NEWS
March 28, 2000 | by Ron Goldwyn, Daily News Staff Writer
Pope John Paul II's pilgrimage to the Holy Land was a hit on both sides of North 17th Street yesterday. As the tired but elated pontiff returned to Rome the kudos poured in worldwide, with many (but not all) Jewish leaders leading the chorus. That was true at the Rabbinical Assembly of several hundred Conservative Jewish rabbis at the Wyndham Franklin Plaza, and equally so across 17th at the Archdiocese of Philadelphia. The pope has done more to mend Jewish-Catholic relations than any predecessor, "maybe more for Jews than all the other popes combined," said Rabbi Andrew Sachs, a Philadelphia native and longtime leader of the Masorti (Conservative)
NEWS
February 26, 1991 | By Carol Rosenberg, Inquirer Gulf Staff
Even as he seemingly gave way before the allied ground assault, there were signs early today that President Saddam Hussein was trying to shape the terms of his defeat and ensure his survival as the leader of Iraq. To be sure, the surprise statement on Baghdad Radio declaring that Iraqi troops had been ordered to retreat from Kuwait seemed a bitter pill for Hussein. But the circumstances showed efforts by the Iraqi president to make it sweeter. For example, the broadcast attributed the announcement to an official Iraqi spokesman, not to Hussein himself.
NEWS
August 14, 1987 | By PAUL BAKER, Daily News Staff Writer
If you live near the Art Museum, don't be alarmed if the brass handles on your dresser begin to shake or your breakfast dishes start to rattle at 6:30 a.m. Monday. An earthquake won't have hit town. Instead, your life will be "ahum" from the chants of some 10,000 people proclaiming from the steps of the Art Museum their belief in the Harmonic Convergence. The convergence is a two-day period that is the center point of the Earth's shift from the astrological Piscean Age to the Aquarian Age - from unenlightenment to enlightenment - according to Swami Virato, a local publisher and coordinator of the Philadelphia area's "convergence" movement.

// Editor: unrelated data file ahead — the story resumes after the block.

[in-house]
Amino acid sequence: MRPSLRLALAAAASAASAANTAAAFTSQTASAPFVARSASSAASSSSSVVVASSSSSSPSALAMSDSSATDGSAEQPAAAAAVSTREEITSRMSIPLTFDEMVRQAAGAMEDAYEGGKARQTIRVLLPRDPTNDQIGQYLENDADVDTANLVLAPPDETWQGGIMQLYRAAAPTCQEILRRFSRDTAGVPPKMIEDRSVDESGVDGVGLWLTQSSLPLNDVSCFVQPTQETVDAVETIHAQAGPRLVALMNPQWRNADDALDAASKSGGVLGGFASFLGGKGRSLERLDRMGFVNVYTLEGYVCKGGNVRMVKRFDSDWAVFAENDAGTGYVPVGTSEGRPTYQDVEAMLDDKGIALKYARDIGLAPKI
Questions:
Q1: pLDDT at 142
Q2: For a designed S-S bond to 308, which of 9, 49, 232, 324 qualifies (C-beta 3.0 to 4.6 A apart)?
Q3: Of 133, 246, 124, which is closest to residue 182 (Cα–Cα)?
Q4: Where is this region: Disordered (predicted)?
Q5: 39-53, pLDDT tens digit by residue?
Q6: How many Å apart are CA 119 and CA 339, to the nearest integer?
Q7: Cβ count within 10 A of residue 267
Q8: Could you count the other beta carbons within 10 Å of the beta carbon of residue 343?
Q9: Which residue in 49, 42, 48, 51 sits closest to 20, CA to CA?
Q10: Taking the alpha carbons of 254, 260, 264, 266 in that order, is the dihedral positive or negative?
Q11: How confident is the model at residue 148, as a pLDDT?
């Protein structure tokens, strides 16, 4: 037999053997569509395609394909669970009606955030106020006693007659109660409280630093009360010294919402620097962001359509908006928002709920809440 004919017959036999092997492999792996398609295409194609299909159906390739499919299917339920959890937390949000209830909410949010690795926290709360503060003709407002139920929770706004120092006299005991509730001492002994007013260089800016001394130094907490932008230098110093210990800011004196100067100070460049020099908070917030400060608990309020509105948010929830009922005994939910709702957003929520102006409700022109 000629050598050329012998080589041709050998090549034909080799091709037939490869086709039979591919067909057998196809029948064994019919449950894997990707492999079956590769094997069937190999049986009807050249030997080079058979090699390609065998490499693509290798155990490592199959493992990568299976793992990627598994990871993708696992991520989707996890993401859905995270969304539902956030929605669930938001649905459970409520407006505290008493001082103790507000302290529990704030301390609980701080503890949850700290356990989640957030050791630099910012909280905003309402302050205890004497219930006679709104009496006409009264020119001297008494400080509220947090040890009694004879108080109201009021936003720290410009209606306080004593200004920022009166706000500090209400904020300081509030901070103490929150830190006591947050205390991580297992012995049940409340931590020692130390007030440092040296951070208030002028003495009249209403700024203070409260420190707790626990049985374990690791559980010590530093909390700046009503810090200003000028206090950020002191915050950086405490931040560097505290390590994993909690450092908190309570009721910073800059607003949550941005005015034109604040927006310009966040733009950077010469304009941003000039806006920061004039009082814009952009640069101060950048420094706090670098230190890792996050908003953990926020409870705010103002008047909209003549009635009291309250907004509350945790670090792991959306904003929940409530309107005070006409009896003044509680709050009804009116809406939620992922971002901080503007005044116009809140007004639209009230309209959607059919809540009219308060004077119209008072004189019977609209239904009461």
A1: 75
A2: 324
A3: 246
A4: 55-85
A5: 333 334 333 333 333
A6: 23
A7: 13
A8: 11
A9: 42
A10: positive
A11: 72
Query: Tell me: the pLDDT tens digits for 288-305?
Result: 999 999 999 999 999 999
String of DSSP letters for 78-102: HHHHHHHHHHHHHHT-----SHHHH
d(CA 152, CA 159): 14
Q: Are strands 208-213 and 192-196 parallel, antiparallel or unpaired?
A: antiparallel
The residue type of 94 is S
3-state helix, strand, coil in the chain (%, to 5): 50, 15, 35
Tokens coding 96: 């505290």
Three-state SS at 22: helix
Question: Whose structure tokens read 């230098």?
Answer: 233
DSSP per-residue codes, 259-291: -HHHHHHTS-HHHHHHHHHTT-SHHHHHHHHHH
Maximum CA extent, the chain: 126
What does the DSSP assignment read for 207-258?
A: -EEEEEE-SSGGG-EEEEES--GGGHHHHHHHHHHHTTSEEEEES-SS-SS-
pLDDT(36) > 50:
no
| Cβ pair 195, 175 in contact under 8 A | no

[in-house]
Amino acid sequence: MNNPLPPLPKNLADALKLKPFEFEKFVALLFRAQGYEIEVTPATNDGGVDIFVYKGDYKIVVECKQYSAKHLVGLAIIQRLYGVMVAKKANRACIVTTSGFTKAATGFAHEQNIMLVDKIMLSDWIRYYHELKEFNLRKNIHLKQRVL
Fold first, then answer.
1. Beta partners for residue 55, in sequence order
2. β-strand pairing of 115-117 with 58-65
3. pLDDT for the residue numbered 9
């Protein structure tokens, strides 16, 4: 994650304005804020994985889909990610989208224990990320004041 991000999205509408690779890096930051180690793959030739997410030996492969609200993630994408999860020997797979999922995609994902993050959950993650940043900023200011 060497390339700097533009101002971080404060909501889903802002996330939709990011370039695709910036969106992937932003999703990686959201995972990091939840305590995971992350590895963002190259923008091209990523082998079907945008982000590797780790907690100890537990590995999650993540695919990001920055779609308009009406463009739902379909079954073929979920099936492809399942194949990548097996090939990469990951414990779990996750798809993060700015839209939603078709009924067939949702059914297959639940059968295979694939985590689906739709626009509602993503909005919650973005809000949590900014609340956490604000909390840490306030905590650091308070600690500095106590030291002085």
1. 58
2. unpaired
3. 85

NEWS
August 14, 1987 | By PAUL BAKER, Daily News Staff Writer
If you are a guest at the Wyndham Franklin Plaza Hotel Sunday morning, don't be alarmed should you hear what sounds like a large bee landing on the 26-story hotel's roof at about 6 a.m. The sound will be coming from members of the Human Unity Conference as they chant and meditate in celebration of the Harmonic Convergence. The Harmonic Convergence is a two-day period that is the center point of the Earth's shift from the astrological Piscean Age to the Aquarian Age - from unenlightenment to enlightenment - according to Swami Virato, a local publisher and coordinator of a similar sunrise ceremony at the Art Museum on Monday.
NEWS
April 28, 1998 | By Richard Parker, INQUIRER WASHINGTON BUREAU
If the Pentagon top brass approves, workers will soon enter one of America's most sacred places, the Tomb of the Unknowns, and pry open a white marble slab to let scientists determine who is buried as the unknown hero of the Vietnam War. Prodded by the family of a downed Air Force attack pilot, Pentagon officials yesterday concluded a four-month investigation into the possibility that a serviceman whose identity is known lies in the tomb....